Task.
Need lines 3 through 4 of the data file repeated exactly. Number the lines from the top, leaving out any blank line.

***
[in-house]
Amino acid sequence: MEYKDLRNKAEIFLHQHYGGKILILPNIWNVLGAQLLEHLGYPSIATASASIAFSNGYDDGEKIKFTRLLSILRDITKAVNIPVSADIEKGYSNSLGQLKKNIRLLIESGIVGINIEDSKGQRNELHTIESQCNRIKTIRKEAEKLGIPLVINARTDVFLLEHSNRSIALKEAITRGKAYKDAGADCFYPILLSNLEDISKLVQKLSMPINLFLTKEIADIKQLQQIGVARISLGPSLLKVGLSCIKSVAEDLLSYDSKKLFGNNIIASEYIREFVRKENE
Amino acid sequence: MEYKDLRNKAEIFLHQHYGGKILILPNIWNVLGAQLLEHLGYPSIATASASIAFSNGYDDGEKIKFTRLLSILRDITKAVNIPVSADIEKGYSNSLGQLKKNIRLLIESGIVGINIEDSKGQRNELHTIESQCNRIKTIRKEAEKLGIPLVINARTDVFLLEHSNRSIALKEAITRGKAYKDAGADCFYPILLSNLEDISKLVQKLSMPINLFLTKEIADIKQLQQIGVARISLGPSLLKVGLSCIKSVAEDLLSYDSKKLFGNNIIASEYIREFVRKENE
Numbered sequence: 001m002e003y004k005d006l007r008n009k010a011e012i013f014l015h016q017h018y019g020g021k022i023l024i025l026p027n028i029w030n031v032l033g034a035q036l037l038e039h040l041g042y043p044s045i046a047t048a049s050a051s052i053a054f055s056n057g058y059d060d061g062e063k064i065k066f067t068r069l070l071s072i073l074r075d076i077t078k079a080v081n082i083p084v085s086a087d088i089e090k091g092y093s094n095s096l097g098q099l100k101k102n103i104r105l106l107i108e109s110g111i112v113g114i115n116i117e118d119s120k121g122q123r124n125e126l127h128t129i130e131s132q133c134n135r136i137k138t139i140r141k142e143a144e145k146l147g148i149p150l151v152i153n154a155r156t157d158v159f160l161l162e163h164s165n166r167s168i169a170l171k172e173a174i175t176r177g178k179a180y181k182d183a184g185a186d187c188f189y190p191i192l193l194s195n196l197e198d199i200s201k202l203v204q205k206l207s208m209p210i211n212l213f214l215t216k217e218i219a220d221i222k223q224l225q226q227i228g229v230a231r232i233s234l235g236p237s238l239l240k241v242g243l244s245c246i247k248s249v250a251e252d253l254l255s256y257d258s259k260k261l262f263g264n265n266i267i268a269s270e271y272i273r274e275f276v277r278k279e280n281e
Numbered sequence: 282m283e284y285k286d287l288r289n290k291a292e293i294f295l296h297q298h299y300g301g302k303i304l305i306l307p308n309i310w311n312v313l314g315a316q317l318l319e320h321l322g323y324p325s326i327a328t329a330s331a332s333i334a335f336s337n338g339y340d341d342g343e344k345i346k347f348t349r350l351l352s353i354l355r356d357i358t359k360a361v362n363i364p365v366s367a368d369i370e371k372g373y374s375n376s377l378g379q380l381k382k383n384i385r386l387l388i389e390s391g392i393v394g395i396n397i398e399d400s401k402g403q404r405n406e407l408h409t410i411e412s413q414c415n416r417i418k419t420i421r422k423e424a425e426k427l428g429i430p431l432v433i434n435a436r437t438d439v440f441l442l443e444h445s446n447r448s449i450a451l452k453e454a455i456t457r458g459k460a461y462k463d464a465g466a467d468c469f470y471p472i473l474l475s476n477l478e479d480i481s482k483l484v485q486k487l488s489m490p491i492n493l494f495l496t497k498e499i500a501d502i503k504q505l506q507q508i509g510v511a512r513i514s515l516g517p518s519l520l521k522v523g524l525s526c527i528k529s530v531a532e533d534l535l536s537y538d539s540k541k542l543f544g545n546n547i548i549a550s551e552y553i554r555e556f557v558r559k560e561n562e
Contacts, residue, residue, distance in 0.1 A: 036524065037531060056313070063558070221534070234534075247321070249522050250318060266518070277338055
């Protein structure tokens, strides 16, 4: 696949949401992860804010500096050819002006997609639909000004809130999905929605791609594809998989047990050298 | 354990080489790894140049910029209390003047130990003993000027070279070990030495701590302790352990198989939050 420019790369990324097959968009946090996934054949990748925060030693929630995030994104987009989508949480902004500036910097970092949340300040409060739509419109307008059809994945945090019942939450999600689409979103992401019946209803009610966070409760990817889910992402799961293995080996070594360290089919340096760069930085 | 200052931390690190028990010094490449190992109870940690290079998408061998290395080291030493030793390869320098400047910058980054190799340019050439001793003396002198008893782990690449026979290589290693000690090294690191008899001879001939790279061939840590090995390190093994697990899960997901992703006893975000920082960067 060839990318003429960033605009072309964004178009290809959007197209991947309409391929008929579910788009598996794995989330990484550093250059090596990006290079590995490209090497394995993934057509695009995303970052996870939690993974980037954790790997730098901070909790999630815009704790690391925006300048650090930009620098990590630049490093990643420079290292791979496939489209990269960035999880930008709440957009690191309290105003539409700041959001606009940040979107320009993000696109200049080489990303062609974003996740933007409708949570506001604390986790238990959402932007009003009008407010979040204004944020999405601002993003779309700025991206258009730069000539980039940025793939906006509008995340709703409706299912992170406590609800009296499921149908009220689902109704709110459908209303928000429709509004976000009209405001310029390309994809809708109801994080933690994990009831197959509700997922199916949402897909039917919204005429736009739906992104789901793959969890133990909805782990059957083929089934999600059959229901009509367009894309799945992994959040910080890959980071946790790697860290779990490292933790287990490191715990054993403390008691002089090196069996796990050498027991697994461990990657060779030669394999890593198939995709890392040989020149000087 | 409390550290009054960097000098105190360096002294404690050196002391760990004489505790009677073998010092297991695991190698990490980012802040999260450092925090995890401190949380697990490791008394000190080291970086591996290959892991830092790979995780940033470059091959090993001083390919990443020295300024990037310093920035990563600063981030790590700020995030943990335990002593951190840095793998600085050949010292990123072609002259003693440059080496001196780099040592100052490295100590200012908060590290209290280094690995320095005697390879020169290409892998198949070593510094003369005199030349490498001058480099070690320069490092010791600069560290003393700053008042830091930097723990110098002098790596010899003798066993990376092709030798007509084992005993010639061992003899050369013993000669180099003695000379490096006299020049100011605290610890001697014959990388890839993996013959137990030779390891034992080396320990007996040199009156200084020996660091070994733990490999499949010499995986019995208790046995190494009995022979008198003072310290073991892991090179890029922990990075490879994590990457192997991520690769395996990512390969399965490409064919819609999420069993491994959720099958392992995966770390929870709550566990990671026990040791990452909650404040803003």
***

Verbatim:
Amino acid sequence: MEYKDLRNKAEIFLHQHYGGKILILPNIWNVLGAQLLEHLGYPSIATASASIAFSNGYDDGEKIKFTRLLSILRDITKAVNIPVSADIEKGYSNSLGQLKKNIRLLIESGIVGINIEDSKGQRNELHTIESQCNRIKTIRKEAEKLGIPLVINARTDVFLLEHSNRSIALKEAITRGKAYKDAGADCFYPILLSNLEDISKLVQKLSMPINLFLTKEIADIKQLQQIGVARISLGPSLLKVGLSCIKSVAEDLLSYDSKKLFGNNIIASEYIREFVRKENE
Numbered sequence: 001m002e003y004k005d006l007r008n009k010a011e012i013f014l015h016q017h018y019g020g021k022i023l024i025l026p027n028i029w030n031v032l033g034a035q036l037l038e039h040l041g042y043p044s045i046a047t048a049s050a051s052i053a054f055s056n057g058y059d060d061g062e063k064i065k066f067t068r069l070l071s072i073l074r075d076i077t078k079a080v081n082i083p084v085s086a087d088i089e090k091g092y093s094n095s096l097g098q099l100k101k102n103i104r105l106l107i108e109s110g111i112v113g114i115n116i117e118d119s120k121g122q123r124n125e126l127h128t129i130e131s132q133c134n135r136i137k138t139i140r141k142e143a144e145k146l147g148i149p150l151v152i153n154a155r156t157d158v159f160l161l162e163h164s165n166r167s168i169a170l171k172e173a174i175t176r177g178k179a180y181k182d183a184g185a186d187c188f189y190p191i192l193l194s195n196l197e198d199i200s201k202l203v204q205k206l207s208m209p210i211n212l213f214l215t216k217e218i219a220d221i222k223q224l225q226q227i228g229v230a231r232i233s234l235g236p237s238l239l240k241v242g243l244s245c246i247k248s249v250a251e252d253l254l255s256y257d258s259k260k261l262f263g264n265n266i267i268a269s270e271y272i273r274e275f276v277r278k279e280n281e